It’s Read a Book Day!

posted in: Holidays, Nancy Drews-day Tuesday | 0

Whispering Statue CoverWhy not celebrate “Read a Book Day” by reading a Nancy Drew Mystery Story? You could even choose one that prominently features books — such as The Whispering Statue.

Bookstores have played important roles in several Nancy Drew mysteries — as we discussed on Booklovers Day. (Which begs the question, how exactly is Read a Book Day different from Booklovers Day? It’s a real mystery, isn’t it?)

Anyway, in The Whispering Statue, Nancy takes a job at a bookstore. Or, more precisely, in an art store with a book department. And in true Nancy Drew fashion, she didn’t even have to apply for the job. She simply sold a book to a customer while she was browsing the shelves, and thereby got herself hired.

But I’m getting ahead of myself.

At the beginning of the book, while Mrs. Merriam is explaining how she believes Mr. Basswood, the art and rare books dealer, is swindling her, the phone rings. While the caller is threatening Nancy, two masked men simultaneously force themselves inside the Drew home — one at the front door and one at the back. After the chaos is over, Mrs. Merriam calms herself with a cup of hot tea and tells Nancy and her father that she’s very worried about their safety. Perhaps they should give up the case.

Everyone looked at her and smiled. Mr. Drew said, “We’re used to this sort of thing.”

However, he does think Nancy should wear a disguise and use an assumed name. But what should that name be?

The silence was broken by George.

With a broad grin she asked, “Let’s work on a new name for Nancy. Since it’s a mystery about books, how about Libby, for library — Booker?”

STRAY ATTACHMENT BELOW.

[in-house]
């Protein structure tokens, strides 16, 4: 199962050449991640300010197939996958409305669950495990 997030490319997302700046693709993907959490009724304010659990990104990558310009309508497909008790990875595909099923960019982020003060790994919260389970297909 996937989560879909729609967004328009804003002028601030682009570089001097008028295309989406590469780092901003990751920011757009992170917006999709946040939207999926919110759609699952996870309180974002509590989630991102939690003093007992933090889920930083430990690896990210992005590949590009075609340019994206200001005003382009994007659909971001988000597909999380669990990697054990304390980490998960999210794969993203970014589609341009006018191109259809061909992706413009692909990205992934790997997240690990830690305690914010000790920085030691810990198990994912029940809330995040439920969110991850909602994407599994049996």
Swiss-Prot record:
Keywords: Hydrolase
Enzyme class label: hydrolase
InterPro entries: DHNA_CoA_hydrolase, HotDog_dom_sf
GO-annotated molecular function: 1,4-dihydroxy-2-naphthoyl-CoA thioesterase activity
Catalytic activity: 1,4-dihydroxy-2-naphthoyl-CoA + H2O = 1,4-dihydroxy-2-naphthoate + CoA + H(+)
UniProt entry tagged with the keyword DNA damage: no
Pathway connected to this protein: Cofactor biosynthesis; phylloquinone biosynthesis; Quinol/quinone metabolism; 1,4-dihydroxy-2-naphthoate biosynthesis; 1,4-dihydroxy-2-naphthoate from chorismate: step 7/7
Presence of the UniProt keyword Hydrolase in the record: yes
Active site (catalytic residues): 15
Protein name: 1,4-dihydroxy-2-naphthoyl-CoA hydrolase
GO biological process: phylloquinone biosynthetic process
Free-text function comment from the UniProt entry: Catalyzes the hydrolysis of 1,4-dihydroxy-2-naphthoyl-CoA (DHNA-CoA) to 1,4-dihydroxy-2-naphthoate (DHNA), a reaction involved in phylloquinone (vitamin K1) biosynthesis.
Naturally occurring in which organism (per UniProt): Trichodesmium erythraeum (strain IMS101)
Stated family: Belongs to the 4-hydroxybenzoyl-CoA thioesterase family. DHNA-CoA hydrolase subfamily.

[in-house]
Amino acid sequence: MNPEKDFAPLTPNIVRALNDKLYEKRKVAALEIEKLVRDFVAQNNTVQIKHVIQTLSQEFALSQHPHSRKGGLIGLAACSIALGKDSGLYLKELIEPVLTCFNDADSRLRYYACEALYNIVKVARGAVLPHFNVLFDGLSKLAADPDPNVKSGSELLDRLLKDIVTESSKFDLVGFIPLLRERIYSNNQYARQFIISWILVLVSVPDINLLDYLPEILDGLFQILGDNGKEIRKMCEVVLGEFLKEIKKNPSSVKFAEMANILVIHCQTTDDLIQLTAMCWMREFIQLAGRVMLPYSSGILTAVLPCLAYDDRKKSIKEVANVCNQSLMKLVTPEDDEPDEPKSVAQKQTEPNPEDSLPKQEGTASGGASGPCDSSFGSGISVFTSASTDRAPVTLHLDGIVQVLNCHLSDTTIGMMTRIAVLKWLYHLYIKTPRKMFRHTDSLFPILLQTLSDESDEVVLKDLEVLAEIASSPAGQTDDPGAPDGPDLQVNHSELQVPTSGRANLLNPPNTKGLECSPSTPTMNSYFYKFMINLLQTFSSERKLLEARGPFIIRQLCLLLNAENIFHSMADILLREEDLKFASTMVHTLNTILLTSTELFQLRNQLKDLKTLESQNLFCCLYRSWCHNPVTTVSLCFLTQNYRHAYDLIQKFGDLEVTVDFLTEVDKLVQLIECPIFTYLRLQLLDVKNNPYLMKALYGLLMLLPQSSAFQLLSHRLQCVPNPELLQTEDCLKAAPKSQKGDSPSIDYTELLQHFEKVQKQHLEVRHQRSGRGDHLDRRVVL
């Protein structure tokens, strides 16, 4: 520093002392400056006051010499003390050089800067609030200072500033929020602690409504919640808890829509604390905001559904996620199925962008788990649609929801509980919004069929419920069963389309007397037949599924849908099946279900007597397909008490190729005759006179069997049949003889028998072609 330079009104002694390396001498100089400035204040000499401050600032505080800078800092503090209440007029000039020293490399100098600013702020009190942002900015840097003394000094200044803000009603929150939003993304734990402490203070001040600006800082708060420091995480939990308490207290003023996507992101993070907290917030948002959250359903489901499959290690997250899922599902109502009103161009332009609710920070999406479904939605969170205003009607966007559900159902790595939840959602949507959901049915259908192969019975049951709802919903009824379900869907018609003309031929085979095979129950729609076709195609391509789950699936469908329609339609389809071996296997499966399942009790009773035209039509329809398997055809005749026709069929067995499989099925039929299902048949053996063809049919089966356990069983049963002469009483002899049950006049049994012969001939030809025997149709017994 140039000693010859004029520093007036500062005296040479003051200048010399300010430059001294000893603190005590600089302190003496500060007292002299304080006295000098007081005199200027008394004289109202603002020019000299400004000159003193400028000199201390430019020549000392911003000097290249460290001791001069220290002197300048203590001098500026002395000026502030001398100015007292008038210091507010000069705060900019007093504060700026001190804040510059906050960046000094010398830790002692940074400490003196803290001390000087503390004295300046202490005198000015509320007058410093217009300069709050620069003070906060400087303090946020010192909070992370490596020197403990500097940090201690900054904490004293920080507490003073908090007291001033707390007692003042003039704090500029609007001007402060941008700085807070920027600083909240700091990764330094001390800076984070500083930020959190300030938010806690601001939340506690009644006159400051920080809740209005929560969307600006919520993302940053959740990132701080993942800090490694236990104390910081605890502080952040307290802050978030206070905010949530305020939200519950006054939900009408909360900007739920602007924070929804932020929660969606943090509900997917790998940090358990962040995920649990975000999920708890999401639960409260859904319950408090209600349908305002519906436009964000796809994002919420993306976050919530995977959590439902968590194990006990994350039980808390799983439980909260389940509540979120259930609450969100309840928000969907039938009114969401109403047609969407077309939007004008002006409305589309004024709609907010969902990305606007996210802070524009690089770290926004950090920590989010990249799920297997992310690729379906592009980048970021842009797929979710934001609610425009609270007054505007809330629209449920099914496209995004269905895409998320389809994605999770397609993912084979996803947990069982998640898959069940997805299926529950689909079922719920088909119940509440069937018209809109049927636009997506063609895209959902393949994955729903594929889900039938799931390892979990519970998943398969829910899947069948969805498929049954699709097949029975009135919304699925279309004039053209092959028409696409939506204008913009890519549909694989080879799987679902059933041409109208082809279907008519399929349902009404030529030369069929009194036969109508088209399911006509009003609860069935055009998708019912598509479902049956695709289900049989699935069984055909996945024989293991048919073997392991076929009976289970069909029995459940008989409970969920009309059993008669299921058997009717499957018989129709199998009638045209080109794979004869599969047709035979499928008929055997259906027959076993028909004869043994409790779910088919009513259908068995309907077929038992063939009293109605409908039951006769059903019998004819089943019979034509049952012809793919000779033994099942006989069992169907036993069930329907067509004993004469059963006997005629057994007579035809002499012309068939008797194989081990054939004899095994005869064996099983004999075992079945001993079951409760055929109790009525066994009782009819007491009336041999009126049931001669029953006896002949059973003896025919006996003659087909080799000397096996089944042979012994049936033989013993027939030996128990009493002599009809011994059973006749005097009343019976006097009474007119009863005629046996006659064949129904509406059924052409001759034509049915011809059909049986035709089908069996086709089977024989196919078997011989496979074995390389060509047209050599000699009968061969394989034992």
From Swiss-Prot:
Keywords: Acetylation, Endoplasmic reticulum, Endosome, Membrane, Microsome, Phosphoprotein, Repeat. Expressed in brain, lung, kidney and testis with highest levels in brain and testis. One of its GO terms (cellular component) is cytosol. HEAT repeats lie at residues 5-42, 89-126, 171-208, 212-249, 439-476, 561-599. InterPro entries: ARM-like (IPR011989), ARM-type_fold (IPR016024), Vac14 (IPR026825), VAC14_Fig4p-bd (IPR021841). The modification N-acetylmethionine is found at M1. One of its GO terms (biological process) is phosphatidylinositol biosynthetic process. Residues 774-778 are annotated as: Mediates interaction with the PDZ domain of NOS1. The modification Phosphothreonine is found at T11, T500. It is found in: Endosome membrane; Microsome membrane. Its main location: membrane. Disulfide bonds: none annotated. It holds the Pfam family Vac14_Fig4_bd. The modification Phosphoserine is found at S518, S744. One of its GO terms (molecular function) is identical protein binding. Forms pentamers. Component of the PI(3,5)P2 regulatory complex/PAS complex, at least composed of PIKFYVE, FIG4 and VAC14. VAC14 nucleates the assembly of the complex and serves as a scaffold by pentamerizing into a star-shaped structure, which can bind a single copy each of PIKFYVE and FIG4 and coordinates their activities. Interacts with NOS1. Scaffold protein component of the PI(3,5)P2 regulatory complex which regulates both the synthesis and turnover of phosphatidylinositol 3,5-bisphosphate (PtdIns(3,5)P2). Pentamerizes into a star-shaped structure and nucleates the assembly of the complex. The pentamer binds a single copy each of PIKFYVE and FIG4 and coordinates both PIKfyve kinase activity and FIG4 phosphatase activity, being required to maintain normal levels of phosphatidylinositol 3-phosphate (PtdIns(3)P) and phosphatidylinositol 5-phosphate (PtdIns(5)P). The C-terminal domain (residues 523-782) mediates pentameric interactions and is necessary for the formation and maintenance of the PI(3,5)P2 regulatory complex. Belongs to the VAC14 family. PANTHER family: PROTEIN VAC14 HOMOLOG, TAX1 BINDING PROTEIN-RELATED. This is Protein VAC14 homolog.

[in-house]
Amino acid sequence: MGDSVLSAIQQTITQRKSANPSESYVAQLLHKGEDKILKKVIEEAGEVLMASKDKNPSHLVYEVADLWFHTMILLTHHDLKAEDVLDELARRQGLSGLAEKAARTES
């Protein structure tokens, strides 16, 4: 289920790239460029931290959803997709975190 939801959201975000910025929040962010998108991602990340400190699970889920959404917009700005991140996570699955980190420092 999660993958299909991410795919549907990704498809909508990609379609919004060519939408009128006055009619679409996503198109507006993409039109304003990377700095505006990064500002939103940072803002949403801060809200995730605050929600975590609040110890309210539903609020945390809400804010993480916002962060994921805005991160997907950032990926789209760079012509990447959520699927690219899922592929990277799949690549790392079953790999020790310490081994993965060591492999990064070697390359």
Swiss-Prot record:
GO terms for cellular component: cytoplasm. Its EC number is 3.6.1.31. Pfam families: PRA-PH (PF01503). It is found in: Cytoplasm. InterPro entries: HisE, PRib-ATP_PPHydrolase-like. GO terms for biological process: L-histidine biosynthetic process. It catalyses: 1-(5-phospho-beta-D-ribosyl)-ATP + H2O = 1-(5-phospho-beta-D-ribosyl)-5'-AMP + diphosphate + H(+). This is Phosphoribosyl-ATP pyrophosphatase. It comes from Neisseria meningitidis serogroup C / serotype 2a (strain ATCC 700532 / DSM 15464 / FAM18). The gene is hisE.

Good one, George! In the end, though, it was Hannah Gruen who proposed a name which appealed to Nancy.

Smiling, Nancy said, “From now on will everyone please address me as Miss Debbie Lynbrook.”

Sure, Nancy.

But back to the job “interview.” Nancy is browsing the rare books section of The Basswood Art and Bookshop when a customer mistakes her for a clerk.

“I can’t decide between this green leather volume and the red-and-gold one.”

Nancy wondered if the woman was buying the volume for the cover or the contents. She asked “Do you like poetry?”

The stout woman giggled. “Only if it’s about love.”

Nancy examined the two books. The red- and gold-covered volume was in Old English dialect. She was sure the woman would not be able to read it. The green volume, she discovered, did have some love poems.

“I think you’d like this one,” she said, handing it over.

A few moments later, Nancy sells a painting to another customer and talks Mr. Basswood into hiring her. She immediately gets to work.

As soon as she had dusted the paintings, Nancy went over to the bookshelves. Because of her special interest in the books, she had memorized the titles of all the volumes. In a few moments she realized that Mr. Basswood had taken one on modern painters and sculptors.

Ah-ha! A clue! But Nancy has no time to investigate it right then.

As she stood in the book section mulling over this, suddenly the whole building began to shake. Statuettes, paintings, and books flew through the air.

“It must be an earthquake!” Nancy thought, trying to keep her balance.

The next instant an enormous book was dislodged from an upper shelf and fell directly toward her head!

Oh no! The chapter can’t end this way! We have to know what happens!

Nancy saw the heavy volume falling and jumped aside. The big book crashed to the floor inches from her feet.


Turns out, it was not an earthquake. There was an underground gas-main break with a resultant explosion. Because, well, this is a Nancy Drew story and explosions abound.

I don’t want to spoil the rest of the mystery for you. You can read it yourself. But please be careful!

Nancy narrowly escaped a book injury that day, but she wasn’t so lucky in The Haunted Bridge. In that story, she was recovering from a sprained wrist, when she asked Bess about the book she was reading.

“It’s supposed to be a serious book and I can’t make head nor tail of it,” Bess complained. “Here, take a look at the crazy thing.”

She gave the book a careless toss, expecting that her chum would catch it. Nancy had been looking in another direction, and before she could make a move the heavy volume had struck her injured hand.


Don’t let this happen to you, folks. Enjoy Read a Book Day. But please, be safe.

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